Early Earth Surface Environment

Geochemical environments on the early Earth (before the Great Oxidation Event, GOE) are crucially important for the origin and evolution of life. Previous studies through various proxies or simulations, such as detrital minerals, sulfur isotope fractionations, paleosols and other sedimentary records, and atmospheric models, have provided various constraints on the redox state of the surface environment in the Archean. However, the consistency of these results and the corresponding surface geochemical progresses, e.g., weathering and river water chemistry, is not addressed yet.

Together with my JHU advisor Dimitri Sverjensky and GL mentor Robert Hazen, I examined the consistency between various lines of evidence on the redox state of the Archean surface environment through our thermodynamic calculations on stability of detrital minerals. We found H2,g instead of O2,g is the more reasonable redox proxy before the GOE (Hao et al., in preparation). With the redox level controlled by pH2,g, We developed thermodynamic models to simulate the weathering and river chemistry on the late Archean (Hao et al., 2017a). With the framework of Archean weathering and riverine transport, we have studied the speciation and mobility of nutrients and trace metals on the Archean (Hao et al., 2017b). Our study can provide important implications on various geochemical processes on the Archean surface environment, such as the formation of paleosols, stability of detrital minerals, whiffs of oxygen recorded by abnormal enrichments of trace metals and their isotopic fractionations, and haze formations.

This model will be modified to study water-rock interactions under various T-P and/or redox conditions. Moreover, water-rock interactions in other planets, such as the early Mars, will be simulated to be compared with geological observations.

High T-P Aqueous Geochemistry

Solubility and speciation of trace metals in the crustal fluids at elevated temperatures and pressures are one of the controlling factors for the habitability of life in hydrothermal systems. This research could also provide some implications for the effects of diagenesis and metamorphism on preservation of depositional signals in sedimentary records. During my thesis research, I have studied the dissolution and speciation of Cr in the aqueous environments at elevated T-P and found that aqueous Cr(II) could be dominant species under hydrothermal and subduction-zone conditions (Hao et al., in preparation). Further works will explore other interesting elements including phosphorus, vanadium, and selenium.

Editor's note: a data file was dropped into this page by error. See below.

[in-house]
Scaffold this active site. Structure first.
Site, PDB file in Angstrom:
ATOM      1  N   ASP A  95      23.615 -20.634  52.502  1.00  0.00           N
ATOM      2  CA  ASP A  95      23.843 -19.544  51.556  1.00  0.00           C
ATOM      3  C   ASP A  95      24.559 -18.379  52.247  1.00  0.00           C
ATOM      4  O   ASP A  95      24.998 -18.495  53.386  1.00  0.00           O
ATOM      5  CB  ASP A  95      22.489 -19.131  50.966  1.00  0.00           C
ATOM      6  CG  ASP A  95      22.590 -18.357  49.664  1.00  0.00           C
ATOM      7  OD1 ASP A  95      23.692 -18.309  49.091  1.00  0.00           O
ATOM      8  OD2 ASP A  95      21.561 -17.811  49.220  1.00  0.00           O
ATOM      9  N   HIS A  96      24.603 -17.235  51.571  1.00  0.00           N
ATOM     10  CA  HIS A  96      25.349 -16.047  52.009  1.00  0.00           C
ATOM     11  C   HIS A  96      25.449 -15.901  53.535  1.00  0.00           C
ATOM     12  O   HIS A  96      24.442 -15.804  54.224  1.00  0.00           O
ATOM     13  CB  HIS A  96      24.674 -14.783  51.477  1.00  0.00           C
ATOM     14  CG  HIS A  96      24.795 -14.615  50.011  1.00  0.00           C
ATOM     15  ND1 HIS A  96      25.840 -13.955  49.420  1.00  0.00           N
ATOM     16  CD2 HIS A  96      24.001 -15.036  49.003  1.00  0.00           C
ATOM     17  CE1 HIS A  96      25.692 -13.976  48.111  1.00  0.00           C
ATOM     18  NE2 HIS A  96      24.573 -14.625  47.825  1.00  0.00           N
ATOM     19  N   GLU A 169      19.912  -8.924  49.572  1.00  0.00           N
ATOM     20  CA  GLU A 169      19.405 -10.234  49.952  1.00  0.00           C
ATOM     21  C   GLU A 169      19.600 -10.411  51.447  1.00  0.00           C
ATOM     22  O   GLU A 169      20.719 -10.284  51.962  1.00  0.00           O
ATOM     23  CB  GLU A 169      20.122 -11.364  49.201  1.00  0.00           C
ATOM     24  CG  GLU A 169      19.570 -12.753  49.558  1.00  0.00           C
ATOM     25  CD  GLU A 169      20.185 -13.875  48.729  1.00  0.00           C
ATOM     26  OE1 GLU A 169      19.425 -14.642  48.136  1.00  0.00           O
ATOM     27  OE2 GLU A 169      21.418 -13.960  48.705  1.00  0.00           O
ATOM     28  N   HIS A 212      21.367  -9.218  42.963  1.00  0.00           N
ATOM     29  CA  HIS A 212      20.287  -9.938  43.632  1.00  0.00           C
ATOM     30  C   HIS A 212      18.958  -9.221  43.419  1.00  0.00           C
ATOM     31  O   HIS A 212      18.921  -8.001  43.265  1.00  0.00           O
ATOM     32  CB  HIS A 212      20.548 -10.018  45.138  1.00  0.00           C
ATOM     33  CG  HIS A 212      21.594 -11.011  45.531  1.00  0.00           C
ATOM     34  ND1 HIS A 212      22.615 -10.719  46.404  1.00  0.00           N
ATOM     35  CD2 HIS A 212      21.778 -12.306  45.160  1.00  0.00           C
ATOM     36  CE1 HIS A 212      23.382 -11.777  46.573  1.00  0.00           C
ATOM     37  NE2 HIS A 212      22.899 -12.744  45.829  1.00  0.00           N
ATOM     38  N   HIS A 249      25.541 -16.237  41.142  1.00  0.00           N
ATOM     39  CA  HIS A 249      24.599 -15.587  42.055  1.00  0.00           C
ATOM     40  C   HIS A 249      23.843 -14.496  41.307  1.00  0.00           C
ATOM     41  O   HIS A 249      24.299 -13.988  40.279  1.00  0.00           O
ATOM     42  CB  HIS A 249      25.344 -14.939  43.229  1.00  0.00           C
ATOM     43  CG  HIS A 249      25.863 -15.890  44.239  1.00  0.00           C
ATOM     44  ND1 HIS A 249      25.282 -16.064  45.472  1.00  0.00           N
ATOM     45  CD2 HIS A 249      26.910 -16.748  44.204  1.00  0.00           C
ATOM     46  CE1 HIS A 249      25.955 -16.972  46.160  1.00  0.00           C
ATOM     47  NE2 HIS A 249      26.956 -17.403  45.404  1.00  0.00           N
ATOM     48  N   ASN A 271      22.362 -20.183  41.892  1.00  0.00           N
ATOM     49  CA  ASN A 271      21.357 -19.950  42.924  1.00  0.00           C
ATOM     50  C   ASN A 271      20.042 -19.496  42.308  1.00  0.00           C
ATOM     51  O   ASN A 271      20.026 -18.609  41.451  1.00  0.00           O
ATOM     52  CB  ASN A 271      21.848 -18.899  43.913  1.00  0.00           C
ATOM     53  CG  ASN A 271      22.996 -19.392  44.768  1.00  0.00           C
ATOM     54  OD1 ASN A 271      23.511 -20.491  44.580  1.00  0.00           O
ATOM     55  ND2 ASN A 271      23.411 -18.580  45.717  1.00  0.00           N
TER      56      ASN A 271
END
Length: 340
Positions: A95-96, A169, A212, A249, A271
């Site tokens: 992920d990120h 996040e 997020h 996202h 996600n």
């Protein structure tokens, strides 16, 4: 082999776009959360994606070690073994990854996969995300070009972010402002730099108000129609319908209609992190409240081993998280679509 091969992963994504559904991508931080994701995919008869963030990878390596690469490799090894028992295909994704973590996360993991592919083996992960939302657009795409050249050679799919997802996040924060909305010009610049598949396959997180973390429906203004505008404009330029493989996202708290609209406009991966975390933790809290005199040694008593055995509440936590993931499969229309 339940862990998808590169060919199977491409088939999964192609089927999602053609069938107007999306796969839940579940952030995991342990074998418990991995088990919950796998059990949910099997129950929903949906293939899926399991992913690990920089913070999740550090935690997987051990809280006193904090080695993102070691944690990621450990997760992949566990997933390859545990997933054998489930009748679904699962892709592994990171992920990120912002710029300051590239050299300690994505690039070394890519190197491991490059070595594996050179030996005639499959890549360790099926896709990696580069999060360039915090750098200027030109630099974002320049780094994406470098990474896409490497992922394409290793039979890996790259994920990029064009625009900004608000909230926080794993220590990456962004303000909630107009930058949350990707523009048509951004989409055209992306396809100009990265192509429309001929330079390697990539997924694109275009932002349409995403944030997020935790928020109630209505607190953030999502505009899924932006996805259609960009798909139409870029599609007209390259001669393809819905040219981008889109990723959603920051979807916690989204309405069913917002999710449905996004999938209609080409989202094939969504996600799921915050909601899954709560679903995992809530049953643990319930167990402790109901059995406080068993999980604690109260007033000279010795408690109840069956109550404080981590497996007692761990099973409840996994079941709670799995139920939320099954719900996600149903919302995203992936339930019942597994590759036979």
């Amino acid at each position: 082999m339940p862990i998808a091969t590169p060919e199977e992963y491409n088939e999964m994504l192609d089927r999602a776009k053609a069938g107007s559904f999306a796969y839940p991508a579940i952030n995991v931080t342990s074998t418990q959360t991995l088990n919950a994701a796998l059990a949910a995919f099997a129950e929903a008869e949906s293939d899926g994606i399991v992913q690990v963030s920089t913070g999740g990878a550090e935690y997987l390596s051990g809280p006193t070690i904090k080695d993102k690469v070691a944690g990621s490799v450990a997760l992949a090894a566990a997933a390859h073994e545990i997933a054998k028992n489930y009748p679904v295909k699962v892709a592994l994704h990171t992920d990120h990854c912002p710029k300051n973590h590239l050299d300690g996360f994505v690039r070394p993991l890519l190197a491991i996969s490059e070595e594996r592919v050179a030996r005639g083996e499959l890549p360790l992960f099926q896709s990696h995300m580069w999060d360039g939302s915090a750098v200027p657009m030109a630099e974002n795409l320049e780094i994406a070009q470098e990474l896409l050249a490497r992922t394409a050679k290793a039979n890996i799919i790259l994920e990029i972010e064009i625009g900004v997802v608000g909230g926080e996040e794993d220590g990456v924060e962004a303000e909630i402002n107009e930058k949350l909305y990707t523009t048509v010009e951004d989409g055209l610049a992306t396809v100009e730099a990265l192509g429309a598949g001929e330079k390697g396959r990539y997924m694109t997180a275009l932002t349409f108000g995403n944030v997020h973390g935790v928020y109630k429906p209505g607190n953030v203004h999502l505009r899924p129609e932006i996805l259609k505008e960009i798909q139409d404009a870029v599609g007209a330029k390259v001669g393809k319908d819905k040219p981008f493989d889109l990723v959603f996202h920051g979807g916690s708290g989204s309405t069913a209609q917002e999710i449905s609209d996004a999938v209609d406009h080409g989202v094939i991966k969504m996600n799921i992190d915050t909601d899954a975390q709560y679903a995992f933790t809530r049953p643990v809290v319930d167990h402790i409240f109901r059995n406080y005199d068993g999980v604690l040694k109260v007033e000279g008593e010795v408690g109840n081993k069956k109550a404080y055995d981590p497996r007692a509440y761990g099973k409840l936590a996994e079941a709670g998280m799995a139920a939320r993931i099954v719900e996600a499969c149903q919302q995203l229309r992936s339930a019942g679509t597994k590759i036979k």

1. Interaction between mineral surfaces and organic molecules

In the summer of 2013, I started a series of batch adsorption experiment in the Surface Lab, Geophysical Laboratory as the predoctoral fellow working with Dr. Cecile Fuille and Dr. Robert Hazen. I investigated the adsorption of amino acids onto various mineral surfaces including pyrite and magnetite to explore the concentration effects for biomolecules through adsorption onto mineral surfaces. Since December, 2016, I started working on the adsorption of nucleotides onto clay minerals at Lyon, France under various T-P conditions.

2. Stability of organic compounds in hydrothermal environment

While doing the predoc in Geophysical Lab, I conducted hydrothermal experiments using teflon autoclave reactors to study the stability of amino acids under simulated hydrothermal conditions. We focused on exploring the effects of aqueous cations and mineral surfaces in naturally hydrothermal environmnets on the thermal stability of amino acids at elevated temperatures and pressures.

3. Partitioning behavior of amino acids in planetary aqueous environments

Since December, 2016, I worked with Isabelle on measuring the partitioning coefficients of amino acids in ice Ih and high-pressure phases. We found that non-negligible amounts of glycine, alanine, proline, and phenylalanine could be incorporated into ice Ih during the equilibrium freezing. These results invalidate the hypothesis that massive freezing of primitive ocean could concentrate amino acids in the remaining fluids, but support the extraterrestrial transport of amino acids by icy comets. Moreover, we found that incorporation of amino acids into high-pressure phases of ice (VI and VII) could favor the crystallization of aqueous fluid which may have some implications for the mantle structure of icy moons and large ocean exo-planets. The results of ice Ih have been accepted for publication in Astrobiology (Hao et al., 2018).

Thermodynamics-theories and tools

1. Thermodynamic properties of the minerals and aqueous species

Based on early works by Sverjensky & Molling (1992, Nature), I and collaborators further developed the Linear Free Energy Relationship (LFER) method to estimate the Gibbs free energies of isostructural, end-member silicate and oxide minerals (Hao et al., 2017a).

2. Thermodynamic model of surface complexation and adsorption

Since October 2016, I started getting training on modeling surface complexation and adsorption in JHU with Prof. Dimitri Sverjensky. Future study includes applying this method to simulate adsorption experiment results at elevated temperatures and pressures.